Many tropical invasive species have allelopathic effects that contribute to their success in native plant communities. Pyrolyzed biomass (“biochar”) can sorb toxic compounds, including allelochemicals produced by invasive plants, potentially reducing their inhibitory effects on native species. Strawberry guava (Psidium cattleianum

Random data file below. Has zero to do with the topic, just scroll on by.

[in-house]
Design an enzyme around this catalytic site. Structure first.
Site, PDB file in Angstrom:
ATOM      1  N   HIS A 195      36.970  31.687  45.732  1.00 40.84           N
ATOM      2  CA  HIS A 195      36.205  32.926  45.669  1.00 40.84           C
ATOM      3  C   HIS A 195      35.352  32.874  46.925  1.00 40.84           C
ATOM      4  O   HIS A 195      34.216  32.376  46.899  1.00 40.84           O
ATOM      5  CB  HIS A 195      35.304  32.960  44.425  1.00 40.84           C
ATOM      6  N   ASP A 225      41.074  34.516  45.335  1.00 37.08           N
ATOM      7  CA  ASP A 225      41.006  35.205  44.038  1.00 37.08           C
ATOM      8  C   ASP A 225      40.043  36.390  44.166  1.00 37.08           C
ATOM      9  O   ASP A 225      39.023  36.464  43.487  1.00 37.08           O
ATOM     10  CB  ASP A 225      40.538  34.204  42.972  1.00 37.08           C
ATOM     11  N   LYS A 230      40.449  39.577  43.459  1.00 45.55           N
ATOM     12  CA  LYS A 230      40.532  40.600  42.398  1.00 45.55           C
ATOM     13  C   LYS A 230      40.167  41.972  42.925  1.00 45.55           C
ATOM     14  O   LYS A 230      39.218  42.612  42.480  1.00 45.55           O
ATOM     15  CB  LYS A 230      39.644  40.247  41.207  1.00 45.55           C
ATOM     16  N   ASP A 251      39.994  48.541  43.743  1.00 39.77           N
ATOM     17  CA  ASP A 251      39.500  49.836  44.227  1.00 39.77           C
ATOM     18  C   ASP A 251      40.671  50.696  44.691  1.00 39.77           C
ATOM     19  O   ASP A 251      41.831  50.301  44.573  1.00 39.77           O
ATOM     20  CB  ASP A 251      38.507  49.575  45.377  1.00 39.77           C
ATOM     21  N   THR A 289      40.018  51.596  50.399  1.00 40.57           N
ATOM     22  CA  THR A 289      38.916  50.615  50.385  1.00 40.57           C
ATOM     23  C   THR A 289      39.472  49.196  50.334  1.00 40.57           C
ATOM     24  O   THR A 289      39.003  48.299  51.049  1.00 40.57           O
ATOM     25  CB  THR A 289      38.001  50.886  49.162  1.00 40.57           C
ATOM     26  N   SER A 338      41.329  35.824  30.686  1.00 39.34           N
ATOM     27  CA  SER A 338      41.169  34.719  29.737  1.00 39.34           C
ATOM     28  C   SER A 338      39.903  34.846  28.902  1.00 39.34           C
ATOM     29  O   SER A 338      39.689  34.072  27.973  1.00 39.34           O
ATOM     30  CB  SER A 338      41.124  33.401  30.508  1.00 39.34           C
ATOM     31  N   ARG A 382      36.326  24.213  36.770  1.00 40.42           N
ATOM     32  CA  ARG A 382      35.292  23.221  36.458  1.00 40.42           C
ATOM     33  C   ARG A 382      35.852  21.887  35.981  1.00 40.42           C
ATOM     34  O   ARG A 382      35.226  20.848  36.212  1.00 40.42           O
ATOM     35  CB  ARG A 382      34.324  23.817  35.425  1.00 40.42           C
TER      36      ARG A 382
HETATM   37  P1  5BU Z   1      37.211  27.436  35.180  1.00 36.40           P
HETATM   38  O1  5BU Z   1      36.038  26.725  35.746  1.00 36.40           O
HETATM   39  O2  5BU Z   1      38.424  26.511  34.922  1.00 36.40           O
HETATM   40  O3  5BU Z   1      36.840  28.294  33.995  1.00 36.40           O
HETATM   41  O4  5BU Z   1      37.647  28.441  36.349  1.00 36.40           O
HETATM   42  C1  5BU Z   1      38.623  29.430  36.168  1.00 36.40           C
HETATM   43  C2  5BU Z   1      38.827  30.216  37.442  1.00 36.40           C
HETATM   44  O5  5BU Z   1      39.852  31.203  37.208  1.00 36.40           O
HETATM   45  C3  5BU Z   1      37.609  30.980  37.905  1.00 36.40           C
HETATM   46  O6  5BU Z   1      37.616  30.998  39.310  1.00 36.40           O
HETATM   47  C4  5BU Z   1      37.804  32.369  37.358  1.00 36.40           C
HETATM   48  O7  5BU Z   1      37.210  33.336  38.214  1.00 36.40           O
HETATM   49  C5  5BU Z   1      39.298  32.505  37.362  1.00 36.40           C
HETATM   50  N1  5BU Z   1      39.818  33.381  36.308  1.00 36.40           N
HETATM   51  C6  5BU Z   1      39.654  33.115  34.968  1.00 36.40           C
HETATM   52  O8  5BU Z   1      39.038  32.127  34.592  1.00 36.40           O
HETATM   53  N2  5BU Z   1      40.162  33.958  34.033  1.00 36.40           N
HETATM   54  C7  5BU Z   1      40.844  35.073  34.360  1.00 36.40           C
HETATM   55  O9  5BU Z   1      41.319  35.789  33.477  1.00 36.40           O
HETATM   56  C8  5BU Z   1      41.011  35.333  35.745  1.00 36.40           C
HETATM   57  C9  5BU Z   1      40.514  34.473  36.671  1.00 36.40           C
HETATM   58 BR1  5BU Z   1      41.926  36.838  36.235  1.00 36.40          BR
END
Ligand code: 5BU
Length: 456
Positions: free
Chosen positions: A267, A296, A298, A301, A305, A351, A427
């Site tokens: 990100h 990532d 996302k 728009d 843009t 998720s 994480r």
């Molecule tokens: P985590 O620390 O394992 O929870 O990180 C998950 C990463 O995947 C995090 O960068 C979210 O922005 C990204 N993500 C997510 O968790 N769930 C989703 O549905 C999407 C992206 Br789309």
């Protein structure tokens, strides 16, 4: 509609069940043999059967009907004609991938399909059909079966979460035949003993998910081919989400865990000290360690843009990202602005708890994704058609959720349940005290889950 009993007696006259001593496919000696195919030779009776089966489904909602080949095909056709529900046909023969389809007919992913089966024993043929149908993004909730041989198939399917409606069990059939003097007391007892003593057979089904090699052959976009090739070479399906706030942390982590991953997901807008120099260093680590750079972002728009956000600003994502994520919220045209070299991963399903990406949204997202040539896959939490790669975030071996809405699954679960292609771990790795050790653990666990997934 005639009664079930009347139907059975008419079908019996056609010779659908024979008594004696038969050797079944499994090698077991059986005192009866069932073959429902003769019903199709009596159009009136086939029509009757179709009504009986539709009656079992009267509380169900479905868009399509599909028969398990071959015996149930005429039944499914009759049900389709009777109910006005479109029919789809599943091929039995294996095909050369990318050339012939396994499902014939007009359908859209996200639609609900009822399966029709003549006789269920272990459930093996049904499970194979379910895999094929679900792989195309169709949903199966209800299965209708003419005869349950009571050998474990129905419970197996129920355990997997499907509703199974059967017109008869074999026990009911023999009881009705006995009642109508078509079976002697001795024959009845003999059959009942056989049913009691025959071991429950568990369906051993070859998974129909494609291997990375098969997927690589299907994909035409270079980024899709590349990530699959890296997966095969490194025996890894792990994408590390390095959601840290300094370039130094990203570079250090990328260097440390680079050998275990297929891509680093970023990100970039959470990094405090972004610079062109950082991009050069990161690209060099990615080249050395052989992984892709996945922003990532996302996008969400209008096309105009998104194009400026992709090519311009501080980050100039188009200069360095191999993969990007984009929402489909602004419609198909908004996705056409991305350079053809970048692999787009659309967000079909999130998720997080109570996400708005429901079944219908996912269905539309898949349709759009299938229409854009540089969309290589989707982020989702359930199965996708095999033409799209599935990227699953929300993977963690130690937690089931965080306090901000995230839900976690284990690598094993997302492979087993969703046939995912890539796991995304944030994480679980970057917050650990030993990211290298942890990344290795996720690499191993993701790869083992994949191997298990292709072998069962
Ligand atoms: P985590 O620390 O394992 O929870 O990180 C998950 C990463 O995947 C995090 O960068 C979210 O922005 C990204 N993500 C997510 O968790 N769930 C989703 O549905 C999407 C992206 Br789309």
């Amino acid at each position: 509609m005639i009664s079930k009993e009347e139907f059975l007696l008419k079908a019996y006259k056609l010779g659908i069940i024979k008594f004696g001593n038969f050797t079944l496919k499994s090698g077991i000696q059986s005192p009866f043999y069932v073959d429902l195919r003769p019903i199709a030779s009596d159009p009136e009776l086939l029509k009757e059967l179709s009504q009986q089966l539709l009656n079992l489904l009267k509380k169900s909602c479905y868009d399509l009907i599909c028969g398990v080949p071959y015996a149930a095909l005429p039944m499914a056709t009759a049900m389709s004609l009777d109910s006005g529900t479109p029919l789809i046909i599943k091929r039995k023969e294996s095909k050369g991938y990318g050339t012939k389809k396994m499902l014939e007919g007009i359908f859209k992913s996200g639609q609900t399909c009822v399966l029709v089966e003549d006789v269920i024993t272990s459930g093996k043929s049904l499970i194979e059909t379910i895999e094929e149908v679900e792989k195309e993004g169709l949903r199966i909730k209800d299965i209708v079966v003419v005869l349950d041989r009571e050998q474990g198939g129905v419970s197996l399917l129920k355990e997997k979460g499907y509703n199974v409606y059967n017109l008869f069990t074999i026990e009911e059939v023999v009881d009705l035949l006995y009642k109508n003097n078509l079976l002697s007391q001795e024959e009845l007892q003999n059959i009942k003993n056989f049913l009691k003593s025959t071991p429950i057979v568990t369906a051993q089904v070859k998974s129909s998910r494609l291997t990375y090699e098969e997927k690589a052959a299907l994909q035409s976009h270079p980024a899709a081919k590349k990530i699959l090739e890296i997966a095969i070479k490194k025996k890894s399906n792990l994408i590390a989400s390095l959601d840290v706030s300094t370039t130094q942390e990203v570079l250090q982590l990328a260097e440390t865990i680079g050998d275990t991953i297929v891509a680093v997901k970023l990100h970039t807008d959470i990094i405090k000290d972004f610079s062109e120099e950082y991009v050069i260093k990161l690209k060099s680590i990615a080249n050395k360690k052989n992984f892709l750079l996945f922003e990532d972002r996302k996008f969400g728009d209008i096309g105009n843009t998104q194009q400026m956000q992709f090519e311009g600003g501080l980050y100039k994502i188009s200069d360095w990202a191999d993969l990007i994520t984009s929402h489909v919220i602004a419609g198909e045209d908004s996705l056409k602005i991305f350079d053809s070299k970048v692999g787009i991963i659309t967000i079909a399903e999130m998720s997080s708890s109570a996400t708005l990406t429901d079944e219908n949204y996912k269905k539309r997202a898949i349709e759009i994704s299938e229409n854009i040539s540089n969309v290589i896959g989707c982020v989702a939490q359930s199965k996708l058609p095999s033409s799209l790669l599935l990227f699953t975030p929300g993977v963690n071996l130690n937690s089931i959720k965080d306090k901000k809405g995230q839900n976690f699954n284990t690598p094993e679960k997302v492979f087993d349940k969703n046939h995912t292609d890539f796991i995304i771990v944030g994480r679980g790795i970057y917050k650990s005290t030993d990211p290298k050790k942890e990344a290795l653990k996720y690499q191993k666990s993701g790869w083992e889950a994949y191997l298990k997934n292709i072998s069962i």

) is among the most important allelopathic invasive species on tropical islands and recognized as the most serious threat among invasive species in the global biodiversity hotspot of Mauritius. We investigated the effects of additions of locally produced biochar on native tree species in a field experiment conducted in areas invaded by strawberry guava within Mauritius’ largest national park. Growth and survivorship of native tree species were monitored over 2.5 years in plots subjected to four treatments: non-weeded, weeded, weeded + 25 t/ha biochar, and weeded + 50 t/ha biochar. Native tree growth and survivorship were strongly suppressed by strawberry guava. Biochar treatments dramatically increased native tree performance, with more than a doubling in growth, and substantially increased native tree survivorship and species diversity, while suppressing strawberry guava regeneration, consistent with growth-promoting properties and sorption of allelochemicals. We conclude that biochars, including “sustainable biochars” produced from locally accessible biomass using low-tech pyrolysis systems, have considerable potential to counteract effects of allelopathic invaders and increase the capacity for native species regeneration in tropical island ecosystems.
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